Properly utilized resources, however, can transform productivity. When consultants are allocated the resources and tasks that match their skills and capabilities, they’re able to make meaningful contributions, which ensures they feel motivated, valued, and engaged. With a balanced workload and appropriately managed resources, employees feel enabled to work at their best without compromising their well-being.
On the other hand, whilst overutilization of resources in the short term can drive higher margins, it can also lead to burnout within the team if sustained for too long. Without sufficient staff and resources available to deliver projects, your people can become overwhelmed by excessive workloads and tight deadlines.
This can make it difficult for staff to maintain focus on tasks and deliver high-quality outcomes, leading to errors and diminished overall performance. As well as affecting the health of your business, this can affect the health of your staff, too—leading to stress, a reduced work-life balance, and ultimately a decline in job satisfaction.
This doesn’t just affect your FTEs, either. Hiring managers of professional services firms have started to notice a shift in the types of topics candidates are asking in the hiring process. There’s a greater emphasis on sustainability, culture, and work-life balance—chiefly, managing burnout. If consulting firms can’t prove they’re adapting to these cultural shifts and addressing issues like burnout, they may not be able to close candidates.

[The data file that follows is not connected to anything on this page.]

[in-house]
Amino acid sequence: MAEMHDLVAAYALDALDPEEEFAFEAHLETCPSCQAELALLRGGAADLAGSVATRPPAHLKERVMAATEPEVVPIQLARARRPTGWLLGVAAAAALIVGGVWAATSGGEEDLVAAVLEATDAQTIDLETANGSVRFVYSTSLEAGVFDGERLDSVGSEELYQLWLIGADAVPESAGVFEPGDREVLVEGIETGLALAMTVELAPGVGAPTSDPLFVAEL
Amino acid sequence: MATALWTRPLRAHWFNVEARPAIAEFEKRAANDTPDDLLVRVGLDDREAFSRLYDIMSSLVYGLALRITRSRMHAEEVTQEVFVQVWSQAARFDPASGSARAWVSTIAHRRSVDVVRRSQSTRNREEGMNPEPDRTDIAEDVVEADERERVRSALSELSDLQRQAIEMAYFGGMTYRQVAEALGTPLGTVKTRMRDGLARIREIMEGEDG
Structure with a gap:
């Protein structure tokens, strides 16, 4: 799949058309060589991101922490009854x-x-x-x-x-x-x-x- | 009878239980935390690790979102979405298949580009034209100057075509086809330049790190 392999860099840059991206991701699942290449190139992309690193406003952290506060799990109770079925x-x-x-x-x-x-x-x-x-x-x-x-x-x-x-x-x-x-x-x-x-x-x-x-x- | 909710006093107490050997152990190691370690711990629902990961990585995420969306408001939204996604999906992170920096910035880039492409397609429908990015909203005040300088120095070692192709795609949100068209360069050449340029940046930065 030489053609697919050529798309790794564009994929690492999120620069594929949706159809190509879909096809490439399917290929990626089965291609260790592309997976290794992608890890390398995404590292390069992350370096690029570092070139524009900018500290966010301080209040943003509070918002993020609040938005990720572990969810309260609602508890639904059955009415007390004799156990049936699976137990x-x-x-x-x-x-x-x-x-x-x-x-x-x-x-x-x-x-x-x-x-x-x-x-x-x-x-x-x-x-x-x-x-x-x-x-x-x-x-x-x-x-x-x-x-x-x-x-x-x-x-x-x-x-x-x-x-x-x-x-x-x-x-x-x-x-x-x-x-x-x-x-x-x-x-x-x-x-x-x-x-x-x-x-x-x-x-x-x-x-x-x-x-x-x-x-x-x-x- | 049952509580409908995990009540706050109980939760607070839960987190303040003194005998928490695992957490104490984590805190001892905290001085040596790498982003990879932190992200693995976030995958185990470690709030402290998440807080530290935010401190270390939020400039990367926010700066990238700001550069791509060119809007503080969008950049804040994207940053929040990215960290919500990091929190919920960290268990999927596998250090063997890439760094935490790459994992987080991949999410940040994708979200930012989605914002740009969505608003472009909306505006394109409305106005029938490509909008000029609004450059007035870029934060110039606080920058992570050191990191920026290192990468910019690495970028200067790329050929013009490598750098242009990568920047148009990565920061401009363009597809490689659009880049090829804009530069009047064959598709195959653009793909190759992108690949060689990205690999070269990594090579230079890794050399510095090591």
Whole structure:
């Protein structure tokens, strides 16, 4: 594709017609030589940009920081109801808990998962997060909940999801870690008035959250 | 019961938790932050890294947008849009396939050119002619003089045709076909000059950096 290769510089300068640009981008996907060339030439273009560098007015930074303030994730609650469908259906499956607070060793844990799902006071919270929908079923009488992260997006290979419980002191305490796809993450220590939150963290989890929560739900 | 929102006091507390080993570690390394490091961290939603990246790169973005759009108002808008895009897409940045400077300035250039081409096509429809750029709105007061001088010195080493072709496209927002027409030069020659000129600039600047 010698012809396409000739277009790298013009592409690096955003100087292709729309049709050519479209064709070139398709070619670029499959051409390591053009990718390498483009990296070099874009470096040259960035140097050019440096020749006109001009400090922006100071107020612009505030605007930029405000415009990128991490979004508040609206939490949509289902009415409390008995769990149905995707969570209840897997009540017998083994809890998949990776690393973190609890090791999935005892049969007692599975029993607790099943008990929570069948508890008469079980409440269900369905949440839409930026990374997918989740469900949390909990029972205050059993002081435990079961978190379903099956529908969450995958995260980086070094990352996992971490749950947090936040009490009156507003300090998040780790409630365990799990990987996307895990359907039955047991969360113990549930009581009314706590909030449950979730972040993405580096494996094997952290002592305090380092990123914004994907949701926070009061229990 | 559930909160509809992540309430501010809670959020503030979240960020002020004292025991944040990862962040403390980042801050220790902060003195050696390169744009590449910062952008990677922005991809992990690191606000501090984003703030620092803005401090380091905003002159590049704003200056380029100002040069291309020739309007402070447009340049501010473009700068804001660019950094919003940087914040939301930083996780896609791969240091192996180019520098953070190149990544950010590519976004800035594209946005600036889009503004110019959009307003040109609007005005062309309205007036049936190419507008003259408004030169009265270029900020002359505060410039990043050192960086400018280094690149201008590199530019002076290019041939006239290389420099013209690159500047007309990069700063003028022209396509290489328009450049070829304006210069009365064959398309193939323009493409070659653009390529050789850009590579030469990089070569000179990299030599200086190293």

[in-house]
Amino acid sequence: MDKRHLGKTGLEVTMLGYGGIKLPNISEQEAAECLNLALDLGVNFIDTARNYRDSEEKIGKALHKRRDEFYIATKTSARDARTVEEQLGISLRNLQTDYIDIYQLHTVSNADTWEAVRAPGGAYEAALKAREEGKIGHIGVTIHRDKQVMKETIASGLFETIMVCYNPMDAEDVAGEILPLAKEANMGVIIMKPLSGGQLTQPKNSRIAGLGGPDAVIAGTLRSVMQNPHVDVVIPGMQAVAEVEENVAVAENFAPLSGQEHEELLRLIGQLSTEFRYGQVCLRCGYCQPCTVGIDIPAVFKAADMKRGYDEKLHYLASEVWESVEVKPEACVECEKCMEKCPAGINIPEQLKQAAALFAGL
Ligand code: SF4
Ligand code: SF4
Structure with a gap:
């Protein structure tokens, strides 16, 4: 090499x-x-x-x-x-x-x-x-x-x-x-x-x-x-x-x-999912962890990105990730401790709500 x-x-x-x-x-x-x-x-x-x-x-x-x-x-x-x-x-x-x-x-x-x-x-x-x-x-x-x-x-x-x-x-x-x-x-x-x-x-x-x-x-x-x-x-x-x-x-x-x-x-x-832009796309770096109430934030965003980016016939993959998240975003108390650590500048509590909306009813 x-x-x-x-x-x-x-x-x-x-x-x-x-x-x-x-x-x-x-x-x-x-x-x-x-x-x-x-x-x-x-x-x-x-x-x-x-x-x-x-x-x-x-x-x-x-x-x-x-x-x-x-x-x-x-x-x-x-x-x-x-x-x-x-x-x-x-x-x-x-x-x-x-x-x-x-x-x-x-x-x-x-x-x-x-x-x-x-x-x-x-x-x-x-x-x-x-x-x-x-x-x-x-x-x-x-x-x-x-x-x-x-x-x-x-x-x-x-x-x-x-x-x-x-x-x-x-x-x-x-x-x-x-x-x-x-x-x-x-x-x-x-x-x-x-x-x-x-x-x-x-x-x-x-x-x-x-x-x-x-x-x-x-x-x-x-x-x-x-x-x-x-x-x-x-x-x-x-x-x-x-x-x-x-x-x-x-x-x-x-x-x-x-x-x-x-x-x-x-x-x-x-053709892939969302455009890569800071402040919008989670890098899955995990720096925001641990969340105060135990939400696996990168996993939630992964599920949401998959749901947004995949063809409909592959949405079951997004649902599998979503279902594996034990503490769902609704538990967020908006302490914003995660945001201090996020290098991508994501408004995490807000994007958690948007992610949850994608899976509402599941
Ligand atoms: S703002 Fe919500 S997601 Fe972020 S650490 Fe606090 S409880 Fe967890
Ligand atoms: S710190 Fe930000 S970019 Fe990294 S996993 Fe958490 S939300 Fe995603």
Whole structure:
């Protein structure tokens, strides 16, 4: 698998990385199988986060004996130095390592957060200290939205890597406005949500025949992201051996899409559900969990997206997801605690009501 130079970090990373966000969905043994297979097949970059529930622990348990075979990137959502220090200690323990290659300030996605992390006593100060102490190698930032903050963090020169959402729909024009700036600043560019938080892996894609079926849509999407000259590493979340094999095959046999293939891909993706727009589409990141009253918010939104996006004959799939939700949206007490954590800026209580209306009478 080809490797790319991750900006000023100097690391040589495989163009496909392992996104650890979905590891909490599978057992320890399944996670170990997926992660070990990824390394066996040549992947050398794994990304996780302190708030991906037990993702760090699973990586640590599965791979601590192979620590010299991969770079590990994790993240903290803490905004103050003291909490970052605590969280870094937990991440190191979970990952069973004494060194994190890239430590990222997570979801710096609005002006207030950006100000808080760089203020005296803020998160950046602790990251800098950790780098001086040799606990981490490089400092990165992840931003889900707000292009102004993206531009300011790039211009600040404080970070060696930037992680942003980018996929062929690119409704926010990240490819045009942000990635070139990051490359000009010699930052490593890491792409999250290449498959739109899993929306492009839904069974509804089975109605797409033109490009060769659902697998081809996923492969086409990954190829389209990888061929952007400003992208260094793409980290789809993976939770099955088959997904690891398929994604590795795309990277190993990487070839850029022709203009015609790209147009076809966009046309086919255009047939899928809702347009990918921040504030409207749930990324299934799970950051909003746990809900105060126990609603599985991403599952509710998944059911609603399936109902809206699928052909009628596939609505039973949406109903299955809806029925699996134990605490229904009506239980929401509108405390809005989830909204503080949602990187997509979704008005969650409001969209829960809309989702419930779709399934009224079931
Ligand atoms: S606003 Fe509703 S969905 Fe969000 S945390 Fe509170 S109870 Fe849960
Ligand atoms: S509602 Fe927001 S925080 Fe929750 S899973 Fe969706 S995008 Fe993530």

Resource utilization plays a pivotal role in the planning and decision-making of professional services firms. Having a good understanding of your underlying utilization performance and future forecast can provide business leaders with valuable insights, empowering them to make better informed decisions and ultimately create robust plans that drive success.
Access to reliable resource utilization data empowers professional services firms to collect essential data about resource availability, capacity planning, and performance—all of which serves as a foundation for informed decision-making. With this invaluable data, professional services leaders can evaluate the impact of resource utilization on project outcomes and adjust strategies accordingly, making proactive decisions that align with the overall goals.
As this resource utilization data guides the scheduling of resources, planning also becomes more accurate. By analyzing crucial trends and patterns, you can begin to accurately predict future demand (and potential bottlenecks). With a clear understanding of resource capacity and constraints, you can create realistic and achievable project plans, which reduces the risk of delayed projects, resource shortages, and budget overruns. That means improved project outcomes and happy clients.